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Bill Gertz

Bill Gertz

Bill Gertz is a national security columnist for The Washington Times and senior editor at The Washington Free Beacon (www.freebeacon.com). He has been with The Times since 1985.

He is the author of six books, four of them national best-sellers. His latest book, "The Failure Factory," on government bureaucracy and national security, was published in September 2008.

Mr. Gertz also writes a weekly column called Inside the Ring, a weekly column that chronicles the U.S. national security bureaucracy.

Mr. Gertz has been a guest lecturer at the FBI National Academy in Quantico, Va.; the Central Intelligence Agency in Virginia; the National Defense University at Fort McNair in Washington; and the Brookings Institution in Washington. He has participated in the National Security Studies Program at the Johns Hopkins University School of Advanced International Studies and Syracuse University Maxwell School of Citizenship and Public Affairs.

He studied English literature at Washington College in Chestertown, Md., and journalism at George Washington University. He is married and has two daughters.

Articles by Bill Gertz

Yemeni soldiers guard convicted al Qaeda militants in San'a, Yemen, on July 11, 2010. (Associated Press) **FILE**

Inside the Ring

The FBI is working to track down several hundred American Muslims who traveled to Yemen in recent months and received training there at the hands of the al Qaeda terrorist group, according to U.S. government officials. Published August 25, 2010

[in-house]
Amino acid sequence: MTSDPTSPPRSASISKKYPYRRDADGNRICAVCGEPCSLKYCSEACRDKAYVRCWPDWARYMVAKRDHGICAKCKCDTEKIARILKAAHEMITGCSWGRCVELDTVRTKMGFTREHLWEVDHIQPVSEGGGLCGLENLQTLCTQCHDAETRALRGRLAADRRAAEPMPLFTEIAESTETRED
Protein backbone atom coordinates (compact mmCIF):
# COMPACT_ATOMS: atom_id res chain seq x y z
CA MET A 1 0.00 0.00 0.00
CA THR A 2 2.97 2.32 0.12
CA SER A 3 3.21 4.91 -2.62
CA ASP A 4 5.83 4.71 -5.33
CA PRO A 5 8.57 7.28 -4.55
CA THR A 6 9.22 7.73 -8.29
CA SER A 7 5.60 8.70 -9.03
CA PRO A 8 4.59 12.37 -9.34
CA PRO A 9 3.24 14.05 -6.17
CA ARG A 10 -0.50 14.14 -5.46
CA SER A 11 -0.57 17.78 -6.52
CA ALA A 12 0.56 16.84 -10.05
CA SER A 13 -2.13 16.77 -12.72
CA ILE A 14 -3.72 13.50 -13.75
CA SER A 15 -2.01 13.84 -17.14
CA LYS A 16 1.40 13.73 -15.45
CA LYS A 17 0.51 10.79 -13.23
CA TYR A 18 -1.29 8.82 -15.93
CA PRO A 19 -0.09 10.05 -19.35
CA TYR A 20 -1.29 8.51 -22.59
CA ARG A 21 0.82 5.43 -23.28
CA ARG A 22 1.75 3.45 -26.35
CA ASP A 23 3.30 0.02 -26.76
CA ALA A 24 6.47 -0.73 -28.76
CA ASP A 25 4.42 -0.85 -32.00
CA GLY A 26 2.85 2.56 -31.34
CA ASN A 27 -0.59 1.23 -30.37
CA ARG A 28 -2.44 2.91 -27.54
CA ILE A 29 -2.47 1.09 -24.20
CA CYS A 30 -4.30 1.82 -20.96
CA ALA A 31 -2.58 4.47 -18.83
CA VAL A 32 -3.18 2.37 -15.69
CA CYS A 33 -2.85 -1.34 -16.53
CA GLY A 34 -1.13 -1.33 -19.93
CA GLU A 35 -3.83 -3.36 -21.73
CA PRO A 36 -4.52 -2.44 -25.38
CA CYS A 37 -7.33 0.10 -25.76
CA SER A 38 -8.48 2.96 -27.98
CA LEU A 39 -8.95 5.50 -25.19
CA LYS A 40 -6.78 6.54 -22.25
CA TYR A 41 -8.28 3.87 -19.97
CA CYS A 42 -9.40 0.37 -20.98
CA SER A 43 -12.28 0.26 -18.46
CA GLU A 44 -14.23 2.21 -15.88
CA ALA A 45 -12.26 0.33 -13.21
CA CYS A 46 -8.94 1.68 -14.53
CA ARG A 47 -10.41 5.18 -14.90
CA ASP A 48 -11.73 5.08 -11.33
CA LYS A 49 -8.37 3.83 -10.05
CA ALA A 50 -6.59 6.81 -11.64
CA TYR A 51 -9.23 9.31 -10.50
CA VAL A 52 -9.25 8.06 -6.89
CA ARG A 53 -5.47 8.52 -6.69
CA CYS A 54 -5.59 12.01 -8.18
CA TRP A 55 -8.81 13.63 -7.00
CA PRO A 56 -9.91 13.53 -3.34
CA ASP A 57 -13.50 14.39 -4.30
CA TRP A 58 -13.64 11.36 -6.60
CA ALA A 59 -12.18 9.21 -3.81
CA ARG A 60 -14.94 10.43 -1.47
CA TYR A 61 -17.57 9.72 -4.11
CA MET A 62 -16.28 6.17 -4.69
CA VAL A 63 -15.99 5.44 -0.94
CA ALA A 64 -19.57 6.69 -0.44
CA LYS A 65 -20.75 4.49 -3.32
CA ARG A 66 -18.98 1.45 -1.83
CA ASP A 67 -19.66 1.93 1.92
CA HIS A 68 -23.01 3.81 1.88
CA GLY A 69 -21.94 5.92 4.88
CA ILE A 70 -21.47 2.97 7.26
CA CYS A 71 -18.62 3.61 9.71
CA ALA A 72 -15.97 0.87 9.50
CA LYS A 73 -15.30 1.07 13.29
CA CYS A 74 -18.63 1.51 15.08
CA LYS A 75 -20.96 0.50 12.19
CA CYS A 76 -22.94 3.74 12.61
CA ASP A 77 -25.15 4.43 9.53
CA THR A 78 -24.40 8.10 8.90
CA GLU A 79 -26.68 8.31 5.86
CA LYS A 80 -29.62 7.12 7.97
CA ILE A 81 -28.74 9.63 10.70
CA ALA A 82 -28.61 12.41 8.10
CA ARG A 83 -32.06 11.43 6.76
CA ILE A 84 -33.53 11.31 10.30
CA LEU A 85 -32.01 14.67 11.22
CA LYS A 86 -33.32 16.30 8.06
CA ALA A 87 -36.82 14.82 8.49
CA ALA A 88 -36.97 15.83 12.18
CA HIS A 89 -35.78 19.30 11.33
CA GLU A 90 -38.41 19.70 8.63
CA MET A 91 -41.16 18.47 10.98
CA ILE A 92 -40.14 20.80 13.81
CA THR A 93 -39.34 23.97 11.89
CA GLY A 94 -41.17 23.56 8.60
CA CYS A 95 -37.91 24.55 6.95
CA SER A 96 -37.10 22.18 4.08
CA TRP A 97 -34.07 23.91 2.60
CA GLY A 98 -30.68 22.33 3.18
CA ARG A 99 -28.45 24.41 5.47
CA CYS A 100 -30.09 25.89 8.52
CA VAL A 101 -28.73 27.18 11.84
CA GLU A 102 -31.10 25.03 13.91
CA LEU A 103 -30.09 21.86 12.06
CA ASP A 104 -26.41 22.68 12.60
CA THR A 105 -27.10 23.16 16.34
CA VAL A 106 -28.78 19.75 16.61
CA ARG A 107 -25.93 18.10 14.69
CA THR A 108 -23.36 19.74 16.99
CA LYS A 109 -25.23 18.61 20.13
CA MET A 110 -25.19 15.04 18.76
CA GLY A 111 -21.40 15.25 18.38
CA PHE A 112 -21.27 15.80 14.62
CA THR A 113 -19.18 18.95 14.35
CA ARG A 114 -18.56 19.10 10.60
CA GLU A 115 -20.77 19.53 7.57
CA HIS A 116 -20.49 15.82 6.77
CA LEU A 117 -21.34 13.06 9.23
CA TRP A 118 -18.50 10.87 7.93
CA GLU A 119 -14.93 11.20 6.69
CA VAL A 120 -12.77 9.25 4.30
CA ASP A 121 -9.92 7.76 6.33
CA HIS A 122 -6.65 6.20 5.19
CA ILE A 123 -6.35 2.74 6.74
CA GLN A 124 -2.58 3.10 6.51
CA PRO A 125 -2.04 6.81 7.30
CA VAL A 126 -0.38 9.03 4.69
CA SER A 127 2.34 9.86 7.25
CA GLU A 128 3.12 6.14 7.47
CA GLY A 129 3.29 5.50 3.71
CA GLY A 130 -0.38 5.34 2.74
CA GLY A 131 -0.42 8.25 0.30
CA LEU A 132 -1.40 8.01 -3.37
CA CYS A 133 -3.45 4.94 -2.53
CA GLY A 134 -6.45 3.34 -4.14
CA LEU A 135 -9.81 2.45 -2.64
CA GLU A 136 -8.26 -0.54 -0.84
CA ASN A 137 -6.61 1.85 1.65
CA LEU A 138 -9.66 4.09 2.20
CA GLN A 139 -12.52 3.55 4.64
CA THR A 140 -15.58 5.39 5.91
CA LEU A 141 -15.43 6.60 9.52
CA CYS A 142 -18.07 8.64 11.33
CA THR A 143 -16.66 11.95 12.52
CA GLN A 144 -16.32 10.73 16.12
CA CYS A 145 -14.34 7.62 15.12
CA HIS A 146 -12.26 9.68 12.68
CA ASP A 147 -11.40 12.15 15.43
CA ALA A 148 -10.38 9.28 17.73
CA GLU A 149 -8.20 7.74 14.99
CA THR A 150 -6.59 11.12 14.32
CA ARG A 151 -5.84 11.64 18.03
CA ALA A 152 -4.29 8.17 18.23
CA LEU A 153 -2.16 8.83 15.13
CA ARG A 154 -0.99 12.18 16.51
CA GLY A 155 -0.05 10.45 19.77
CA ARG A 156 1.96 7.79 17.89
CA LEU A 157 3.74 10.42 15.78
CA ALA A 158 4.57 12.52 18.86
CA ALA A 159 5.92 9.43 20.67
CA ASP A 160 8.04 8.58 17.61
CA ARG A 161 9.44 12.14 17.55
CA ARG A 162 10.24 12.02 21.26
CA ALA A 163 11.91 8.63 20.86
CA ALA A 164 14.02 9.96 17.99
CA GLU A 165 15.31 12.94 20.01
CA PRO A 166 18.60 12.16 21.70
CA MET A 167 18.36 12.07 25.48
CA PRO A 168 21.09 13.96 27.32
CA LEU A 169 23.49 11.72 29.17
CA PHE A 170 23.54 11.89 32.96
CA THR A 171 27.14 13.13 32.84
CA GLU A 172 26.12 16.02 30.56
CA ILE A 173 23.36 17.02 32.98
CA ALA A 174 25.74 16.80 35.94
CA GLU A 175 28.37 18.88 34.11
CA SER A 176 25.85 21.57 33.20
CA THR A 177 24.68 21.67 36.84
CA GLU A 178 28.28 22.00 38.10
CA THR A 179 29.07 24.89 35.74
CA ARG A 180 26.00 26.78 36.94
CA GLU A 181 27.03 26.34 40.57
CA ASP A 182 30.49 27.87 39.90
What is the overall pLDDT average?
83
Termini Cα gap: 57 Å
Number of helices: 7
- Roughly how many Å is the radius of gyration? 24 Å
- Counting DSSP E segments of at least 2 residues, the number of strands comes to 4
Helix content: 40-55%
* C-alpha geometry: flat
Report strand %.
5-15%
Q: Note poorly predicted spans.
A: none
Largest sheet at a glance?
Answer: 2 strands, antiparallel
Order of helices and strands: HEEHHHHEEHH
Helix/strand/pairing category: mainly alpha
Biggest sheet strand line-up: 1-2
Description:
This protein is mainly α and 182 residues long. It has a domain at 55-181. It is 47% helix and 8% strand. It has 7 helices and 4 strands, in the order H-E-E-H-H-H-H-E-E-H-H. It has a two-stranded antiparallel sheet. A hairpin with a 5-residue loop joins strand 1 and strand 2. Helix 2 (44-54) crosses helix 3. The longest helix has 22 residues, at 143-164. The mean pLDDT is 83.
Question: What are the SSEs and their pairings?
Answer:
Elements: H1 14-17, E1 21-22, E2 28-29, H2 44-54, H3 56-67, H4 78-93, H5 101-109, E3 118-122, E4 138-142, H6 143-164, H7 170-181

**FILE** Sen. Jon Kyl (Getty Images)

Inside the Ring

A group of eight senior Republican senators on Wednesday called on the Obama administration to investigate whether national security will be compromised by the Chinese telecommunications company Huawei seeking to sell equipment to Sprint Nextel, which provides goods to the U.S. military and law enforcement agencies. Published August 18, 2010

China targets U.S. troops with arms buildup

China is aggressively building up military forces capable of striking U.S. forces in the western Pacific and elsewhere as part of what the Pentagon calls an array of high-tech "anti-access" missiles, submarines and warplanes in its latest annual report. Published August 16, 2010